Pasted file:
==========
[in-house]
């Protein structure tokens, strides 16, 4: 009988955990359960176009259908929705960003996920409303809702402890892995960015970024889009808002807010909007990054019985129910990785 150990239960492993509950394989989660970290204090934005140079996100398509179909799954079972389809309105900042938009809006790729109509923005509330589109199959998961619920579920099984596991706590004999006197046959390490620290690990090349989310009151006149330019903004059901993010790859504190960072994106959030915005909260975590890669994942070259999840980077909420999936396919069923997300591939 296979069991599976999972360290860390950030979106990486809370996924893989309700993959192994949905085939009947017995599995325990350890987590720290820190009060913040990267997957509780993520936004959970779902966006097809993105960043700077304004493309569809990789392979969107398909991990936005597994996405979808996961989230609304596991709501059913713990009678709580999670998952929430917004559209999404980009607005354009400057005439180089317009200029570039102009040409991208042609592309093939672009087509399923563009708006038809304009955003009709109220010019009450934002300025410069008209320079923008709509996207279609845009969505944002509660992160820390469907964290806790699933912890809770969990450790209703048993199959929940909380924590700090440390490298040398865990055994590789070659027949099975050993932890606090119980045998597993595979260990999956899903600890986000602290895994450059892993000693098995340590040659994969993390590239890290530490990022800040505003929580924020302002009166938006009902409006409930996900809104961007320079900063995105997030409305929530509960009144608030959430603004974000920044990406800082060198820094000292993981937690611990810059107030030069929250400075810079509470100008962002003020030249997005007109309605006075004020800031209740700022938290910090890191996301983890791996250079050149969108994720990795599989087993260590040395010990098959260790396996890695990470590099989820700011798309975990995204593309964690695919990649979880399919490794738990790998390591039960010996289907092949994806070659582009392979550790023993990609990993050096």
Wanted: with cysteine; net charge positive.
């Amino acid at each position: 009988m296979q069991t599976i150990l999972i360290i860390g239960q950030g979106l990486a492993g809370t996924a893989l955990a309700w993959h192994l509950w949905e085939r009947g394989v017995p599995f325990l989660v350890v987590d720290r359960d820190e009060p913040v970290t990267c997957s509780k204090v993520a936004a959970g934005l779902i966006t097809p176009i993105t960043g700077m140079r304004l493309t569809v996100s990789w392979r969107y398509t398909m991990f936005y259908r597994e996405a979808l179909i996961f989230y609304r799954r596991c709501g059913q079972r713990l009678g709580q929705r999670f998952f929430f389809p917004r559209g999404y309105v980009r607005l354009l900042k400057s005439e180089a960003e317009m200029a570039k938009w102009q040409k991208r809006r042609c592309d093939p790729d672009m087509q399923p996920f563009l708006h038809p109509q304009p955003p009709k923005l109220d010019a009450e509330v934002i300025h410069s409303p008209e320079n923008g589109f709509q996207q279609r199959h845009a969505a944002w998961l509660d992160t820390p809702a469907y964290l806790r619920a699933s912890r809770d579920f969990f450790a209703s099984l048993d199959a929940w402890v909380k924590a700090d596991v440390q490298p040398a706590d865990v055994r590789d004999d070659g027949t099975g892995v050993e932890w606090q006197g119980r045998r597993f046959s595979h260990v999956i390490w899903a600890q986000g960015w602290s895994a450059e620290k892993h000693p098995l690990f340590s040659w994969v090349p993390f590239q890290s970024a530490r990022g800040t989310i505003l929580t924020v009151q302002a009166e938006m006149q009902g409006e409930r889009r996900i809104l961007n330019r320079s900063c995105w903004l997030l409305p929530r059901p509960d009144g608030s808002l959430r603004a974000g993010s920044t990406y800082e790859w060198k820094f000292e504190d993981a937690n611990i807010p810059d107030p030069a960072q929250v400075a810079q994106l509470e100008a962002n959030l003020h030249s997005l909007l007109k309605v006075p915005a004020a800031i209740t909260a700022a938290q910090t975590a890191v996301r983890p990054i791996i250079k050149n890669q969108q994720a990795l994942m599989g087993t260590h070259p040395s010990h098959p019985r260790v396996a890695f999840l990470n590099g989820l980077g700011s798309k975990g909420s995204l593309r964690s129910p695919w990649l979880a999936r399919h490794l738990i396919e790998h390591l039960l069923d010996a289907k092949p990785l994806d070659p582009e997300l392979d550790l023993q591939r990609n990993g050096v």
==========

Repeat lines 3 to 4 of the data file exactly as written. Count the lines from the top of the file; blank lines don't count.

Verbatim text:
Wanted: with cysteine; net charge positive.
């Amino acid at each position: 009988m296979q069991t599976i150990l999972i360290i860390g239960q950030g979106l990486a492993g809370t996924a893989l955990a309700w993959h192994l509950w949905e085939r009947g394989v017995p599995f325990l989660v350890v987590d720290r359960d820190e009060p913040v970290t990267c997957s509780k204090v993520a936004a959970g934005l779902i966006t097809p176009i993105t960043g700077m140079r304004l493309t569809v996100s990789w392979r969107y398509t398909m991990f936005y259908r597994e996405a979808l179909i996961f989230y609304r799954r596991c709501g059913q079972r713990l009678g709580q929705r999670f998952f929430f389809p917004r559209g999404y309105v980009r607005l354009l900042k400057s005439e180089a960003e317009m200029a570039k938009w102009q040409k991208r809006r042609c592309d093939p790729d672009m087509q399923p996920f563009l708006h038809p109509q304009p955003p009709k923005l109220d010019a009450e509330v934002i300025h410069s409303p008209e320079n923008g589109f709509q996207q279609r199959h845009a969505a944002w998961l509660d992160t820390p809702a469907y964290l806790r619920a699933s912890r809770d579920f969990f450790a209703s099984l048993d199959a929940w402890v909380k924590a700090d596991v440390q490298p040398a706590d865990v055994r590789d004999d070659g027949t099975g892995v050993e932890w606090q006197g119980r045998r597993f046959s595979h260990v999956i390490w899903a600890q986000g960015w602290s895994a450059e620290k892993h000693p098995l690990f340590s040659w994969v090349p993390f590239q890290s970024a530490r990022g800040t989310i505003l929580t924020v009151q302002a009166e938006m006149q009902g409006e409930r889009r996900i809104l961007n330019r320079s900063c995105w903004l997030l409305p929530r059901p509960d009144g608030s808002l959430r603004a974000g993010s920044t990406y800082e790859w060198k820094f000292e504190d993981a937690n611990i807010p810059d107030p030069a960072q929250v400075a810079q994106l509470e100008a962002n959030l003020h030249s997005l909007l007109k309605v006075p915005a004020a800031i209740t909260a700022a938290q910090t975590a890191v996301r983890p990054i791996i250079k050149n890669q969108q994720a990795l994942m599989g087993t260590h070259p040395s010990h098959p019985r260790v396996a890695f999840l990470n590099g989820l980077g700011s798309k975990g909420s995204l593309r964690s129910p695919w990649l979880a999936r399919h490794l738990i396919e790998h390591l039960l069923d010996a289907k092949p990785l994806d070659p582009e997300l392979d550790l023993q591939r990609n990993g050096v």